Big Tech binged on workers during Covid-19, but is now purging them

The layoff announcements coming lately from the chief executives of big technology companies all contain variations on the theme of “we hired too many people during the pandemic”, expressed with varying degrees of contrition.

At one end of the spectrum are Seattle’s Mr Andy Jassy of and Mr Satya Nadella of Microsoft Corp.

Amazon’s layoffs were simply an outgrowth of its annual review, Mr Jassy wrote, although he did allow that “this year’s review has been more difficult given the uncertain economy and that we’ve hired rapidly over the last several years”.

Microsoft’s Mr Nadella opted for bland corporate speak: “As we saw customers accelerate their digital spend during the pandemic, we’re now seeing them optimise their digital spend to do more with less.”

Down in the San Francisco Bay Area, there was more of a willingness to hint that errors had been made. 

“Over the past two years we’ve seen periods of dramatic growth,” wrote Mr Sundar Pichai of Google parent Alphabet. “To match and fuel that growth, we hired for a different economic reality than the one we face today.”

Mr Marc Benioff from Salesforce was even clearer, saying: “As our revenue accelerated through the pandemic, we hired too many people leading into this economic downturn we’re now facing, and I take responsibility for that.”

Then there was Meta Platforms CEO Mark Zuckerberg of, who opted to treat his November layoff message to employees as something of a confessional: “At the start of Covid-19, the world rapidly moved online and the surge of e-commerce led to outsized revenue growth. Many people predicted this would be a permanent acceleration that would continue even after the pandemic ended. I did too, so I made the decision to significantly increase our investments. Unfortunately, this did not play out the way I expected.”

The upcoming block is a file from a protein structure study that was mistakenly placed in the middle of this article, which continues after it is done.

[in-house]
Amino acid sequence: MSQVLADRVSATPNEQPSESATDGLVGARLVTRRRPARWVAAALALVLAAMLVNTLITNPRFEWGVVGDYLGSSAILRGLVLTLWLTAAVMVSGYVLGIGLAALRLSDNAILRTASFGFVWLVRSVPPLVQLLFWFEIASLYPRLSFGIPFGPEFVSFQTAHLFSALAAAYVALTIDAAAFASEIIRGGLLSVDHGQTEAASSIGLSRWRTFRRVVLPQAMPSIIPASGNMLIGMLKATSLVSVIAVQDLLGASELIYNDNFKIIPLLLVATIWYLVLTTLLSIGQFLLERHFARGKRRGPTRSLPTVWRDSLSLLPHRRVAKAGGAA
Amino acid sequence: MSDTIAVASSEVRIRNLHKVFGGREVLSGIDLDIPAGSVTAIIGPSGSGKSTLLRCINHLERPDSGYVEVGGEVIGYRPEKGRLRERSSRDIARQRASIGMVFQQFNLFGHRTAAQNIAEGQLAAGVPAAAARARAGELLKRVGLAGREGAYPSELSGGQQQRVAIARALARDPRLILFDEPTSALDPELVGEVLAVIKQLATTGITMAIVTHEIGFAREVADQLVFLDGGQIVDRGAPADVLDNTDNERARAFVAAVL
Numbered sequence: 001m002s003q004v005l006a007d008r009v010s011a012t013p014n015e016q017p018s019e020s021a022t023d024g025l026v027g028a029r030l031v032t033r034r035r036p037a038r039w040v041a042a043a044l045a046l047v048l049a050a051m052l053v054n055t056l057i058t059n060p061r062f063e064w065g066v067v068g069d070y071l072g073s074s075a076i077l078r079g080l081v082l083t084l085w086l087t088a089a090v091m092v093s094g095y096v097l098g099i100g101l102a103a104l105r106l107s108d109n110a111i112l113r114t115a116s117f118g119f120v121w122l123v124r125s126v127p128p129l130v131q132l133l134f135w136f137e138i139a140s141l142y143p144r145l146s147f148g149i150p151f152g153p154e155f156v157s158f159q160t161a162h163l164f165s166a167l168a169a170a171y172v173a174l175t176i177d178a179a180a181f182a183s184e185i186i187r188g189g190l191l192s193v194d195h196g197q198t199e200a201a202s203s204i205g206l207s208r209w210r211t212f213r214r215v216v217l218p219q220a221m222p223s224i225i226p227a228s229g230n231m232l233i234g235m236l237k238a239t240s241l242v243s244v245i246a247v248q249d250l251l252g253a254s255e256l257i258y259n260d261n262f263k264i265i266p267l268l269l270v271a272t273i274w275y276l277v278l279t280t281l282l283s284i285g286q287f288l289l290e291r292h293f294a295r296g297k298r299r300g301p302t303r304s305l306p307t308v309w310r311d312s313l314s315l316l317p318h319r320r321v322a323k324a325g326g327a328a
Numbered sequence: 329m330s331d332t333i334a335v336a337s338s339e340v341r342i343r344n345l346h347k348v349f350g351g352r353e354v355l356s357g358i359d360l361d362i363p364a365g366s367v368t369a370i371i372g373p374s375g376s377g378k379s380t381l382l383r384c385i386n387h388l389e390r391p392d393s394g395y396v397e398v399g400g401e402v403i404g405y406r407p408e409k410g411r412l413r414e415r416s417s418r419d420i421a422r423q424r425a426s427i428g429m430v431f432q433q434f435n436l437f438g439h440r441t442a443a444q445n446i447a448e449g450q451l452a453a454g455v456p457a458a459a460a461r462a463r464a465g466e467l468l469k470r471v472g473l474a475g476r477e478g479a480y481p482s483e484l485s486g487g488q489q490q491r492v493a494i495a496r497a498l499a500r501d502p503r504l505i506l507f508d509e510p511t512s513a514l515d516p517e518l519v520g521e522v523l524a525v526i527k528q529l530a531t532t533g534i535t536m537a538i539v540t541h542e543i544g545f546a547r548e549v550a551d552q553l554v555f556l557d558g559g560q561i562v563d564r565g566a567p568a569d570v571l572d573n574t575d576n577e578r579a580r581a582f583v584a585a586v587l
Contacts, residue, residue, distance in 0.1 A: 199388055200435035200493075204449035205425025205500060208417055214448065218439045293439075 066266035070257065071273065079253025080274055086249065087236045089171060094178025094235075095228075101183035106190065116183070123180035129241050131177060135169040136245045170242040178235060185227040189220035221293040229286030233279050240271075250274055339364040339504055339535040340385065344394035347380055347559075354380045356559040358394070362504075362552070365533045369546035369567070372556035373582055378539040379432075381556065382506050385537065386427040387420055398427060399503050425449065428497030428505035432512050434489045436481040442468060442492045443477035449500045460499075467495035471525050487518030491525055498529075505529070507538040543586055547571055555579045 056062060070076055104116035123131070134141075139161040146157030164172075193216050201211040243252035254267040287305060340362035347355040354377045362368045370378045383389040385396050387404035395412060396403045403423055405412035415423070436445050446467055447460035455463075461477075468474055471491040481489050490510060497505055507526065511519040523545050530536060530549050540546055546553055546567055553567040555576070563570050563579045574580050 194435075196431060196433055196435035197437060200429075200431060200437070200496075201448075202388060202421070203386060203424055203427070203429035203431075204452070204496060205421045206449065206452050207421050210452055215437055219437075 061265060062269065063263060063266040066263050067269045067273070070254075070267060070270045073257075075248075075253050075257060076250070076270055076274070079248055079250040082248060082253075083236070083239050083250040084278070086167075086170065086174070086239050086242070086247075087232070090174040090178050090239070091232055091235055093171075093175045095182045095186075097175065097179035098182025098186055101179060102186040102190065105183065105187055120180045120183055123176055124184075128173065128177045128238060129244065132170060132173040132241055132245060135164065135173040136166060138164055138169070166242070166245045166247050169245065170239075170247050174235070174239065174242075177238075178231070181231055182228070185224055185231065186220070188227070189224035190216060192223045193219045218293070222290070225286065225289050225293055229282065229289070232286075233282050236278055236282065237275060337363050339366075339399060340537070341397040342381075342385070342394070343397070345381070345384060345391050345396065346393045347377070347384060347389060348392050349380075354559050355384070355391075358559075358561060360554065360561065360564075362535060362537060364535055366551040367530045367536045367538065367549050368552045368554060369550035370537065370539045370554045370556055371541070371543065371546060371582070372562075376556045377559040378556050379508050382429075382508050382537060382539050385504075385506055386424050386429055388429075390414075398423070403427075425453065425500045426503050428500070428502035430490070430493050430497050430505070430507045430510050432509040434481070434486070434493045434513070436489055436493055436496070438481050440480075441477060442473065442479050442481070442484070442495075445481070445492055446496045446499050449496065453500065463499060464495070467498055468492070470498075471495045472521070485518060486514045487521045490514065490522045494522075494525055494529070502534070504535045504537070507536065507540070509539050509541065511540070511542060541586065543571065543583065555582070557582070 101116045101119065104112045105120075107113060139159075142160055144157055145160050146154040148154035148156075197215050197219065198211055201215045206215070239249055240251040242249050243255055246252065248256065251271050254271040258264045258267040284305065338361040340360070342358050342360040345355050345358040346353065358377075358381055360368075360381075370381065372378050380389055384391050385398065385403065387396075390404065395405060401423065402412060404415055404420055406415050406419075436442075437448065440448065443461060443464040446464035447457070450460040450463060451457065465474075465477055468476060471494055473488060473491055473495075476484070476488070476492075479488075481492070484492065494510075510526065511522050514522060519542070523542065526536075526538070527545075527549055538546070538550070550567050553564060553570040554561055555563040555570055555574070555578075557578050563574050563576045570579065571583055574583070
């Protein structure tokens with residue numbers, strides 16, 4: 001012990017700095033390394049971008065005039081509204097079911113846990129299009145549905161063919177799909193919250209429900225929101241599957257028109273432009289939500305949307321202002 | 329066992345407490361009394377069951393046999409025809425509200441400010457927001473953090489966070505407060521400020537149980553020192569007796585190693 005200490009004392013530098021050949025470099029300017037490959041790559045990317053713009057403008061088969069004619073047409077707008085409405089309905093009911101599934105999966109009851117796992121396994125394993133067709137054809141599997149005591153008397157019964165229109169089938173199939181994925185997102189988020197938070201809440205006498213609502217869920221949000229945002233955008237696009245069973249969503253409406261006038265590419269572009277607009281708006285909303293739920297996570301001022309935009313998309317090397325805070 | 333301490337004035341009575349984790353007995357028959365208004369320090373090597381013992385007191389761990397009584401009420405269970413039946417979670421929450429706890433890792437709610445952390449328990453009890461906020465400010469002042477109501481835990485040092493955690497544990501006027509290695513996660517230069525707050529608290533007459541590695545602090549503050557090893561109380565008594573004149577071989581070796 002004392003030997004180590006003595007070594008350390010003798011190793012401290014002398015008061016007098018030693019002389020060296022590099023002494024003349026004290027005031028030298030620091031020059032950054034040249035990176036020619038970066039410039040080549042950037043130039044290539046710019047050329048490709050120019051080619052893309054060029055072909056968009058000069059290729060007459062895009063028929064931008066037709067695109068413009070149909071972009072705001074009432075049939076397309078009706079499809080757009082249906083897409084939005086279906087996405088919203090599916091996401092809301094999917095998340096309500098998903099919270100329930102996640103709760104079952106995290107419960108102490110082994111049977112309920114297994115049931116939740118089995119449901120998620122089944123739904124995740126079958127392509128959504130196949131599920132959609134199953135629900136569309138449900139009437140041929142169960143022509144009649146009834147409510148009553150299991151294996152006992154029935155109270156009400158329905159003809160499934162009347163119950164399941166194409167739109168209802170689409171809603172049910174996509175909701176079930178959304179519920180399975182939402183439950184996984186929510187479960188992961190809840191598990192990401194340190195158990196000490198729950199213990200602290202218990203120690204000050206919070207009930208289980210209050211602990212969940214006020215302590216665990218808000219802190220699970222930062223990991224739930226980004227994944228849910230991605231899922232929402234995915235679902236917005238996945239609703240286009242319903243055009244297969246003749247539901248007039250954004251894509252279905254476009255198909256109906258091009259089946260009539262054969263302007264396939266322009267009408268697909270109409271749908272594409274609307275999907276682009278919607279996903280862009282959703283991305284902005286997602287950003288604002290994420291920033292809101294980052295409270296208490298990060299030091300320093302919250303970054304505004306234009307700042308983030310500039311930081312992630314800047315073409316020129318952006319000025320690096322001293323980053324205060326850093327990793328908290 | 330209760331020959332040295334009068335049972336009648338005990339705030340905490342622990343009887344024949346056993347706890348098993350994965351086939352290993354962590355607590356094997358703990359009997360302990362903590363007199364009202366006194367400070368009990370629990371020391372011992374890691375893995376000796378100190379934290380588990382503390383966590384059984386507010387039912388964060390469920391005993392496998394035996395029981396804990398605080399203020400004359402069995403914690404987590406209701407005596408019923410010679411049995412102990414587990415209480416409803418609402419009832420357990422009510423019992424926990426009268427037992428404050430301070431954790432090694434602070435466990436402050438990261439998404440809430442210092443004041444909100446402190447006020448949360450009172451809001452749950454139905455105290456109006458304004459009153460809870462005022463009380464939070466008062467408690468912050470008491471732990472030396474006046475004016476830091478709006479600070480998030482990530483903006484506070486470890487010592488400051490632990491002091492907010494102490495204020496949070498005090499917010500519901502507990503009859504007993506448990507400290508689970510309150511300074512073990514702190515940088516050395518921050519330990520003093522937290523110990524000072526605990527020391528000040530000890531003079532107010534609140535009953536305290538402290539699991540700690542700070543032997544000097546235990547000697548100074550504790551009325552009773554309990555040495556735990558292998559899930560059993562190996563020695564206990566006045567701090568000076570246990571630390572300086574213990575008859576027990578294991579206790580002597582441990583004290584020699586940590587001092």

Mr Zuckerberg, of course, may have many other things to be contrite about, starting with the 2021 decision to rename Facebook and bet its future on virtual-reality headsets. But, yes, Meta truly did hire a whole lot of people in 2020 and 2021, with headcount up 60 per cent over that period.

For Microsoft, Alphabet, Salesforce and Meta, the combined increase was 35 per cent, or 126,170 jobs.

The layoffs announced so far by these four companies total 41,000, about a third of the jobs they added since 2019. Amazon is on a different employment plane, with most of its workforce labouring not at computers but in warehouses, supermarkets and other elements of what the company calls “field and customer support”, which is why I left it off the chart. It added 810,000 employees from 2019 to 2021, more than doubling its headcount, and employs more people than any US corporation other than Walmart.


Business Asia
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